Apr 5, 2011  Tanzania: Old Media, New Media
    Tanzania is only in the middle tier of technology adopters among African countries, notes Russell Southwood in the latest issue of his Balancing Act Africa newsletter. But an InterMedia national survey shows interesting combinations of old and new technologies, with text messaging leading newspapers as a source of current news (although radio remains the number one source). And there is substantial potential for rapid expansion of mobile internet in the next few years.

Apr 22, 2011  Libya: Migrants Situation Update
    "So far, only about 2,800 out of a total of 500,000 people fleeing the violence in Libya have arrived in Europe. This is less than 0.6 percent of all cross-border movements. ... The movement out of Libya is unrelated to the arrivals of some 20,000 mainly Tunisians on Lampedusa, which is part of the 'normal' boat migration by mainly North African young men in search of work." - Hein de Haas

Apr 22, 2011  Africa: Migration & Human Development
    "The entry policies that have prevailed in many destination countries over recent decades can be largely characterized by denial and delay on the one hand, and heightened border controls and illegal stays on the other. This has worsened the situation of people lacking legal status and, especially during the recession, has created uncertainty and frustration among the wider population." - Human Development Report 2009

May 4, 2011  Uganda: Protests in Perspective
    In February this year Ugandan President Yoweri Museveni told a press conference: "There will be no Egyptian-like revolution here. ... We would just lock them up. In the most humane manner possible, bang them into jails land that would be the end of the story." Events of recent weeks, including last week's violent attack by security forces on opposition leader Kizza Besigye and a sit-down strike by Ugandan lawyers beginning today, seem to indicate that repression may not be the "end of the story," despite Museveni's overwhelming victory with 68% of the votes in February's election.

May 26, 2011  Africa: Where Does the Money Go?
    "Current total deposits by non-residents in offshore and secrecy jurisdictions are just under US$10 trillion ... The United States, the United Kingdom, and the Cayman Islands top the list of jurisdictions, with the United States out in front with a total of US $2 trillion. ... such deposits have been growing at a compound rate of 9 percent annually over the last 13 years." - Global Financial Integrity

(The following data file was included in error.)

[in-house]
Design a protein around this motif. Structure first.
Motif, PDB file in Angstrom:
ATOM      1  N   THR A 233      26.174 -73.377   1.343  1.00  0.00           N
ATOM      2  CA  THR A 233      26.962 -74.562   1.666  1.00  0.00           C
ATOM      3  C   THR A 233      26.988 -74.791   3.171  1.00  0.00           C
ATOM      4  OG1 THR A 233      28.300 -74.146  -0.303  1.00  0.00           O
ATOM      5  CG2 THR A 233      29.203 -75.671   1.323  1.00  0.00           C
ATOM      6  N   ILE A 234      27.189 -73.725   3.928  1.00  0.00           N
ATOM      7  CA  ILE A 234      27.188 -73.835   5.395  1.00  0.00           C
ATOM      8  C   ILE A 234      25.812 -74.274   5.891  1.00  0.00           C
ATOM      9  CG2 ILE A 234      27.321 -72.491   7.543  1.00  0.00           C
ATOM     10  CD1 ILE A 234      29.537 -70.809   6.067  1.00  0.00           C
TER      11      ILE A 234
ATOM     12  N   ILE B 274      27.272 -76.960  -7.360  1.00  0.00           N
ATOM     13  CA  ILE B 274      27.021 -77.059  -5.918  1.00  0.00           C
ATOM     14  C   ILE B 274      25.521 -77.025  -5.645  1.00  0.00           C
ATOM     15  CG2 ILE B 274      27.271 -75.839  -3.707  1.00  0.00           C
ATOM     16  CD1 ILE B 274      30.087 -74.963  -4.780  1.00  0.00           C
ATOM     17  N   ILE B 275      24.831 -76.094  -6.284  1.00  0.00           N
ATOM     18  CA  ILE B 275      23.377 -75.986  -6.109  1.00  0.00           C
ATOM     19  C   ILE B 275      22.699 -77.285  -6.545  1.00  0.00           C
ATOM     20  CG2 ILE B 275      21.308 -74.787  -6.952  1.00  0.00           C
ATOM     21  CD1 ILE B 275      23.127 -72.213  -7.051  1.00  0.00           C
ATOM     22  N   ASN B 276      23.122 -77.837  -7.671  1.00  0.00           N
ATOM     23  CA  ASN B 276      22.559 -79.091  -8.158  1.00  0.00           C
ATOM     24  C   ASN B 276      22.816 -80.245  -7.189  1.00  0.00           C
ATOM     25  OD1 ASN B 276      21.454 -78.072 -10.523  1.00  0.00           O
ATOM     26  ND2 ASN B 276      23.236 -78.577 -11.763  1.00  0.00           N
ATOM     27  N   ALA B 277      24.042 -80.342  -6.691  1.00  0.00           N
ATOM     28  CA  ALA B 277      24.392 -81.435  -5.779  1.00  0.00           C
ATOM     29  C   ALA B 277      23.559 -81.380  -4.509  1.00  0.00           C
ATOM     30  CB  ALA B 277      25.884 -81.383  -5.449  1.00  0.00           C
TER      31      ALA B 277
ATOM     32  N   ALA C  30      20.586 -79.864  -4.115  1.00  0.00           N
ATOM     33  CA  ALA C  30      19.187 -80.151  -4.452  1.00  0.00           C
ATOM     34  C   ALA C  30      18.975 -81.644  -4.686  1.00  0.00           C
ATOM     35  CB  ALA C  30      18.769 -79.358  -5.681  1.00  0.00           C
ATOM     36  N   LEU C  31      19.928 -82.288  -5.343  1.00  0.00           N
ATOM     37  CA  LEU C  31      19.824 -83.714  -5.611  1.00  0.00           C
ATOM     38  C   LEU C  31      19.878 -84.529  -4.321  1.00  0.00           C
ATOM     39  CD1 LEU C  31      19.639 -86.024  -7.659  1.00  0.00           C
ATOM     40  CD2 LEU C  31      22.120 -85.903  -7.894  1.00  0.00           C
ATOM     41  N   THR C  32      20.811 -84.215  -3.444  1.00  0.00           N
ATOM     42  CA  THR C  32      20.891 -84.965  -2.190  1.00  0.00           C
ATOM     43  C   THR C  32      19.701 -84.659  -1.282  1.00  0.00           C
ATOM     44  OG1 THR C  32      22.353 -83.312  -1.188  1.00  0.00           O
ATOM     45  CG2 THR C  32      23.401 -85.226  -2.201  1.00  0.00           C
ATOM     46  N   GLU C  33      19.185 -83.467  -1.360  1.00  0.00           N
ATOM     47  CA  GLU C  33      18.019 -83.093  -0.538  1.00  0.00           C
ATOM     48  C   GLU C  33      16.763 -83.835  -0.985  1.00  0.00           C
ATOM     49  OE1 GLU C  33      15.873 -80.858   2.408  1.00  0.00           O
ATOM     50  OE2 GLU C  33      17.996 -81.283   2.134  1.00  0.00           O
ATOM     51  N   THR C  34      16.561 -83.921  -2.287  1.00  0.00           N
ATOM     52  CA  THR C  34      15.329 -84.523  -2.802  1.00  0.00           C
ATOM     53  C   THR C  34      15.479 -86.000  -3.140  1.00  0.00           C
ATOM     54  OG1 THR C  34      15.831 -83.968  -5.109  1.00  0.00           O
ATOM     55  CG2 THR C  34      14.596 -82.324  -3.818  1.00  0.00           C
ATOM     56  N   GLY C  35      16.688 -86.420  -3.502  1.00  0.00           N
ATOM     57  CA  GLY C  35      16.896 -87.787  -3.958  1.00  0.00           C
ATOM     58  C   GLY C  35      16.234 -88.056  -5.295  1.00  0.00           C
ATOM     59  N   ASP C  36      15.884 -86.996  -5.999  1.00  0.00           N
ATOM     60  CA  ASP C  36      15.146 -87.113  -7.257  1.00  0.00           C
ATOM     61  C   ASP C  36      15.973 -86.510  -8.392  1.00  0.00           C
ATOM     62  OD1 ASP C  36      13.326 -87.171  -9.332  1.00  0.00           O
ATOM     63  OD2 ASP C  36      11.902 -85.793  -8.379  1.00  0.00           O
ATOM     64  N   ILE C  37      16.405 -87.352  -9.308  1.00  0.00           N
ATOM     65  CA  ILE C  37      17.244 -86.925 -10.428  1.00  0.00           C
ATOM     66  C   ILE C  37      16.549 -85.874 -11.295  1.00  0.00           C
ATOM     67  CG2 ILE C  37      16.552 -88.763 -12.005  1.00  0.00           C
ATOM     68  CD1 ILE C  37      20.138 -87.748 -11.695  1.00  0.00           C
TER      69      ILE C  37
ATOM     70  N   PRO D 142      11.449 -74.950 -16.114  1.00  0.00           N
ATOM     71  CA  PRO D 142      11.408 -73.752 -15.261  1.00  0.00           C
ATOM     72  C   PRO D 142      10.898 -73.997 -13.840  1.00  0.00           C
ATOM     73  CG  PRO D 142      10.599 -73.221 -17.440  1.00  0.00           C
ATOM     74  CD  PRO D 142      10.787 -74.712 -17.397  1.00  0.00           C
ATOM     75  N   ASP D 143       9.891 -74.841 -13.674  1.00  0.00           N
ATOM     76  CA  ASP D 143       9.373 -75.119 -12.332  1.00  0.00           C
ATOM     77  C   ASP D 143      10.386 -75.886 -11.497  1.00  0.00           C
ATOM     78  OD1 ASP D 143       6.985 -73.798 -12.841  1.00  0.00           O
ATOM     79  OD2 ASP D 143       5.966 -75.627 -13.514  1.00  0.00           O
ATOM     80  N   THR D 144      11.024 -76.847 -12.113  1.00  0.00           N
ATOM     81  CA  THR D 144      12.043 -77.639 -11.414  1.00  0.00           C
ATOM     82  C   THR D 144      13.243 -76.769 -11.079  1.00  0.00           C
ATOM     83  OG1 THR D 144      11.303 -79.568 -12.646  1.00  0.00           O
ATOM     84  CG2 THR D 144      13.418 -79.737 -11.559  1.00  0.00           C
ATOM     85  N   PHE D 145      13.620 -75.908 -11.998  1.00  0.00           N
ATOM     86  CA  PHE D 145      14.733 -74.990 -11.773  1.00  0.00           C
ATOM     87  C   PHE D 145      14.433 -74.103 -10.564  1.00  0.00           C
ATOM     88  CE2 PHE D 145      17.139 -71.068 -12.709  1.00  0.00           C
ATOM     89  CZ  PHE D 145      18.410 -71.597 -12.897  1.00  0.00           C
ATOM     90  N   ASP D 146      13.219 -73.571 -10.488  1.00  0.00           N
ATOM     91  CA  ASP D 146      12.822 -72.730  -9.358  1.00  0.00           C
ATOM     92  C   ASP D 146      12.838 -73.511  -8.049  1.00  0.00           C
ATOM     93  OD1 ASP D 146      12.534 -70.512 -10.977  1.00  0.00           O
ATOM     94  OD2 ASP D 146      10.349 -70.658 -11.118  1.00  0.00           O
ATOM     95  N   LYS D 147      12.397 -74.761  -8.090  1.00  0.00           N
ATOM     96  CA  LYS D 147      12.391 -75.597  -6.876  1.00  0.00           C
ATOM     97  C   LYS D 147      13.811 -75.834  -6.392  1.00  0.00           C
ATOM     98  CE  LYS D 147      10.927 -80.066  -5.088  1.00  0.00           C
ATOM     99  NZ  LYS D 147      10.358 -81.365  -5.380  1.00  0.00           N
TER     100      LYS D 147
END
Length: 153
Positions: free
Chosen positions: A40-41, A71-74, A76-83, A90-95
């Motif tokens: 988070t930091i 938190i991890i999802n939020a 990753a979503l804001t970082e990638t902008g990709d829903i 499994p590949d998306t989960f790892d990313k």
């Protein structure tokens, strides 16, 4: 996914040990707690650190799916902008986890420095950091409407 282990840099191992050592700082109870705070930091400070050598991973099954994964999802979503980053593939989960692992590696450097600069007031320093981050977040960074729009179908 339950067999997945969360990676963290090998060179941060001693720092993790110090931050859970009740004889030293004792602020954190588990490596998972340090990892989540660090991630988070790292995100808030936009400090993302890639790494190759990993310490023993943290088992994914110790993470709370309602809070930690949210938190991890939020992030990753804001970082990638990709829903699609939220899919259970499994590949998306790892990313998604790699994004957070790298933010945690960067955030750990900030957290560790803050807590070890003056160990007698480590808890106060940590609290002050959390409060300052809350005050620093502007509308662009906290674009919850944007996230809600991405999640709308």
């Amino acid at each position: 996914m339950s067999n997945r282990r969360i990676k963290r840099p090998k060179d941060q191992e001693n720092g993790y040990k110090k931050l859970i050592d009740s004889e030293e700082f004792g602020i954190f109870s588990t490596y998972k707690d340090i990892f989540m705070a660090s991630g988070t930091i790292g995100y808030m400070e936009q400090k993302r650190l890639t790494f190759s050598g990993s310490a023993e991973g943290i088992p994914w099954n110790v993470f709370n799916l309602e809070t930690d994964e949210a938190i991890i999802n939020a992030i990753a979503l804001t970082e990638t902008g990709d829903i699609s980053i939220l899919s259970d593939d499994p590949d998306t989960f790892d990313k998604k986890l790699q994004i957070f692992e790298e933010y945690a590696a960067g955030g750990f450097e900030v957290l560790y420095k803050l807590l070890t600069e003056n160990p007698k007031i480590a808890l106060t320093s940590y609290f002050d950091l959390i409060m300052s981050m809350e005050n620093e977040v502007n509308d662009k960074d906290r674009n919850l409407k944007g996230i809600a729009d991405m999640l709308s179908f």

May 26, 2011  Africa: Cash Drain from Poorest Countries
    The 48 countries classified by the United Nations as LDCs [Least Developed Countries], 33 of which are in Sub-Saharan Africa, lost a cumulative total of $246 billion in illicit financial flows over the period from 1990 to 2008, according to a new report from Global Financial Integrity prepared for the UNDP. Six of the top ten countries in cumulative outflows were in Africa, including Angola (#2), Lesotho (#3), Chad (#4), Uganda (#7), Ethiopia (#9), and Zambia (#10).

Jun 1, 2011  Africa: "Aid" Promises and Accountability
    The G8 "accountability report" on increased aid spending "covers up $18 billion aid shortfall by ignoring inflation," headlined a Guardian article reporting critiques of the report by aid groups. It should be no surprise that "donor" countries try to put the best possible spin on their accomplishments. But the pressure is growing for more transparent and independent reporting on international spending classified as "aid."

Jun 14, 2011  Guinea-Bissau: Drug Trade in Broader Context
    "In Guinea-Bissau, drug trafficking ... is a consequence of the pre-existing lack of stability that allows smugglers to establish their networks in the region and operate to and from there. Ignoring the structural causes of the problem (endemic poverty, corruption, impunity) will have an even deeper impact on the local population than the illegal drug trade, and will leave unaddressed the very conditions that continue to foster trafficking opportunities in the future." - February 2011 report from Norwegian Peacebuilding Center